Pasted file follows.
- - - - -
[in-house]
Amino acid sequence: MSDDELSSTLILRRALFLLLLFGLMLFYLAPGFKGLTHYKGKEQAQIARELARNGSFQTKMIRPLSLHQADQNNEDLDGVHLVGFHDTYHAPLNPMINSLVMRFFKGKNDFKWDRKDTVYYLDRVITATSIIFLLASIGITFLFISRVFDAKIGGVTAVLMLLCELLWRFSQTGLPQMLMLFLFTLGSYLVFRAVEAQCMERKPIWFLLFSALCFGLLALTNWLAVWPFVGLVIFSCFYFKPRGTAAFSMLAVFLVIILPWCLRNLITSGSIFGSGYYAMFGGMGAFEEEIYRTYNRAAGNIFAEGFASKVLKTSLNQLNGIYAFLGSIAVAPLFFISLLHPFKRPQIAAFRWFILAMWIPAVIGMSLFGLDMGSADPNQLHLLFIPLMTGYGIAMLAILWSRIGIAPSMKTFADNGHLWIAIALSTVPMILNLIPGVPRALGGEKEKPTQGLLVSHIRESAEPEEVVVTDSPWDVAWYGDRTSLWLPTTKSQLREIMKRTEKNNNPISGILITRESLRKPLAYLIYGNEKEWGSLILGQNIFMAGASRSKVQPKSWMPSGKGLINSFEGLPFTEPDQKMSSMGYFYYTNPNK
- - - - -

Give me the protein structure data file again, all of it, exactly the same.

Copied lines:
[in-house]
Amino acid sequence: MSDDELSSTLILRRALFLLLLFGLMLFYLAPGFKGLTHYKGKEQAQIARELARNGSFQTKMIRPLSLHQADQNNEDLDGVHLVGFHDTYHAPLNPMINSLVMRFFKGKNDFKWDRKDTVYYLDRVITATSIIFLLASIGITFLFISRVFDAKIGGVTAVLMLLCELLWRFSQTGLPQMLMLFLFTLGSYLVFRAVEAQCMERKPIWFLLFSALCFGLLALTNWLAVWPFVGLVIFSCFYFKPRGTAAFSMLAVFLVIILPWCLRNLITSGSIFGSGYYAMFGGMGAFEEEIYRTYNRAAGNIFAEGFASKVLKTSLNQLNGIYAFLGSIAVAPLFFISLLHPFKRPQIAAFRWFILAMWIPAVIGMSLFGLDMGSADPNQLHLLFIPLMTGYGIAMLAILWSRIGIAPSMKTFADNGHLWIAIALSTVPMILNLIPGVPRALGGEKEKPTQGLLVSHIRESAEPEEVVVTDSPWDVAWYGDRTSLWLPTTKSQLREIMKRTEKNNNPISGILITRESLRKPLAYLIYGNEKEWGSLILGQNIFMAGASRSKVQPKSWMPSGKGLINSFEGLPFTEPDQKMSSMGYFYYTNPNK